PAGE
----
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Desire, Divine and Demonic: Balinese Mysticism in the Paintings of I Ketut Budiana and I Gusti Nyoman Mirdianaby Michele Stephen
Synopses & Reviews
This original and innovative book challenges many of our long-held assumptions about traditional Balinese religion. Drawing on data from visual art, mythology, esoteric texts, and public rituals, Michele Stephen identifies a core of important mystical themes at the heart of Balinese religion and demonstrates the striking parallels between these and Indian Tantric thought. Desire, Divine and Demonic begins with an introduction to the problems of defining mysticism in Bali, a discussion of prevailing scholarly views concerning the nature of Balinese religion, and a brief description of the link between art and religion in Balinese culture. What follows is an intriguing analysis of two series of paintings by contemporary Balinese artists I Ketut Budiana and I Gusti Nyoman Mirdiana, who specialize in mystical and mythological scenes.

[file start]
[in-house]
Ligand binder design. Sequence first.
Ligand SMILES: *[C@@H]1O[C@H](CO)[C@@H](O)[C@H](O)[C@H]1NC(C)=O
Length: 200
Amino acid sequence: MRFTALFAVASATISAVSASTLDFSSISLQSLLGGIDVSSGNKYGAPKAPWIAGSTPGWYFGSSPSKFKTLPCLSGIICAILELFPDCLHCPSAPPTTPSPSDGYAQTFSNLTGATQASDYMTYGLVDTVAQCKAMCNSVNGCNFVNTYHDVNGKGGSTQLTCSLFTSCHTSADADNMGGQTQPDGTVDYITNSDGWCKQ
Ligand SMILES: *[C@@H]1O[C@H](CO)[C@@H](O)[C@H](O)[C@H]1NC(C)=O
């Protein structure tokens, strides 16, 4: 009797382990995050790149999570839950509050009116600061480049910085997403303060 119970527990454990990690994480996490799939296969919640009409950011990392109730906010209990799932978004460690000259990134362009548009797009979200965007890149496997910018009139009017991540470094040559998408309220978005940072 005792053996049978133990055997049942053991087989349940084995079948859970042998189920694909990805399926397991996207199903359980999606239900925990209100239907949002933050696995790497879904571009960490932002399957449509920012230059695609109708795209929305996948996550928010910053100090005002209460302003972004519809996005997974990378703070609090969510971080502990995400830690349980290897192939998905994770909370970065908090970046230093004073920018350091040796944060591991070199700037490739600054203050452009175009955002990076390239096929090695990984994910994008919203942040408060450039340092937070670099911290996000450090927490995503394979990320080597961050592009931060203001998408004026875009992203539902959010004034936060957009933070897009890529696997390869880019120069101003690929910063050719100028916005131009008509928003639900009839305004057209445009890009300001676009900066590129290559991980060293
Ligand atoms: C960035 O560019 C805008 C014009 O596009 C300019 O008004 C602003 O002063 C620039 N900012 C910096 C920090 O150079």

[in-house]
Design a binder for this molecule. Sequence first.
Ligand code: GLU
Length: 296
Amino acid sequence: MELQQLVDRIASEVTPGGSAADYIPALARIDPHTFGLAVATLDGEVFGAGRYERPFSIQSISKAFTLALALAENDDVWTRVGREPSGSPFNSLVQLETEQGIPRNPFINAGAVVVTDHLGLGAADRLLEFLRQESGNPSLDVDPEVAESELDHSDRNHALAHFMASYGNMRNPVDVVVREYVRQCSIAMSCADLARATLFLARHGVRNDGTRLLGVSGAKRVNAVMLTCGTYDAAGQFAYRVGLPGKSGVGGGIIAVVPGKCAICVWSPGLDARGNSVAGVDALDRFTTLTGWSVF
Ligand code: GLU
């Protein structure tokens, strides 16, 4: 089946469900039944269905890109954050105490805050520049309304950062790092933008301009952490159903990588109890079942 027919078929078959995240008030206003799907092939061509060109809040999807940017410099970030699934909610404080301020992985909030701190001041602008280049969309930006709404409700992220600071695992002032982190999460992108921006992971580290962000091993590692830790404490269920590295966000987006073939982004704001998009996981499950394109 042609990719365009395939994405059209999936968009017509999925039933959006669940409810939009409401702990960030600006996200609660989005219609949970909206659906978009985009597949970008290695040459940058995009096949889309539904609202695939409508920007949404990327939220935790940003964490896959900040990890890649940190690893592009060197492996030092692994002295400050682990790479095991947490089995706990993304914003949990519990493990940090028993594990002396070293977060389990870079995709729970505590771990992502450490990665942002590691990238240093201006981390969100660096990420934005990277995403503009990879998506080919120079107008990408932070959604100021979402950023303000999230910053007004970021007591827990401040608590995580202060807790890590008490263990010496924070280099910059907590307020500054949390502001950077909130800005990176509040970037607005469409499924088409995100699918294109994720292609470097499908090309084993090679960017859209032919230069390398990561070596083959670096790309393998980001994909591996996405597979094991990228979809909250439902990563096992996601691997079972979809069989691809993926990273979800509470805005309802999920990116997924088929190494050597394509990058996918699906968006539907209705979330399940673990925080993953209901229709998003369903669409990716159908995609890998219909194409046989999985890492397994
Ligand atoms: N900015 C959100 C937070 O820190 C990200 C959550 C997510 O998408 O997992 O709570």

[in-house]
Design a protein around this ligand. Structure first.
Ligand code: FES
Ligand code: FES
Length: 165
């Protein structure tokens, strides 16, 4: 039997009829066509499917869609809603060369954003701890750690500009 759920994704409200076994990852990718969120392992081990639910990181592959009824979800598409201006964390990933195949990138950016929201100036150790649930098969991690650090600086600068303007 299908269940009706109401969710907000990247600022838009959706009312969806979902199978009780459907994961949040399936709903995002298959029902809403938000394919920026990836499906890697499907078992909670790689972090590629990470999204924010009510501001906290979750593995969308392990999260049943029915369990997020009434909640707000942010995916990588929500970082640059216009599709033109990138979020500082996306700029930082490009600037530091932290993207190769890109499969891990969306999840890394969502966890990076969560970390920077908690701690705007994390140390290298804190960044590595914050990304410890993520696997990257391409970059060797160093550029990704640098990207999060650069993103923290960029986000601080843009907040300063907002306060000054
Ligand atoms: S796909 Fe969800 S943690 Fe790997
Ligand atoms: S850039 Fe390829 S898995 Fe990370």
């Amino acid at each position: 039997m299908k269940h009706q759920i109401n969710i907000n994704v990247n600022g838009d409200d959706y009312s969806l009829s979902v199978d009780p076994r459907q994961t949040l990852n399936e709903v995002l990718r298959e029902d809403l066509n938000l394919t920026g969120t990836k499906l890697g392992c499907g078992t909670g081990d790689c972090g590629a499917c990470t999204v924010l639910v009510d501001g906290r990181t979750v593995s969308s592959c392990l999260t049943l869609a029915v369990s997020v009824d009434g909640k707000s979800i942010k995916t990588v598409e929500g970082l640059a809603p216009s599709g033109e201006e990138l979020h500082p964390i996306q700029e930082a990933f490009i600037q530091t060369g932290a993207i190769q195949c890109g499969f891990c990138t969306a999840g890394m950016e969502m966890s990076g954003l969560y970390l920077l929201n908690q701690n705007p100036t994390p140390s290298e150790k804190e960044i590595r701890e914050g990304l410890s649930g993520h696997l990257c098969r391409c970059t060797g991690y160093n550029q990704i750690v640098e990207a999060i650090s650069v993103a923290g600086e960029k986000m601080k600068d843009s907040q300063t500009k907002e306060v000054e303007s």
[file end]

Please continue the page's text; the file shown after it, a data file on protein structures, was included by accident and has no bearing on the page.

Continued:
Book News Annotation:
Drawing on visual art, Balinese mythology in oral tradition and written texts, Balinese texts outlining esoteric teachings, and her own and others' observations of ritual practice, Stephen (anthropology, La Trove U. Australia) argues that the Balinese religion as it is practiced today is a local expression of Hindu Shivaitic Tantric philosophy. The cultural forms of expression are Balinese, she says, but the recurring themes parallel classic Hindu concepts of the cosmos and the forces that constitute it.
Annotation ©2004 Book News, Inc., Portland, OR (booknews.com)
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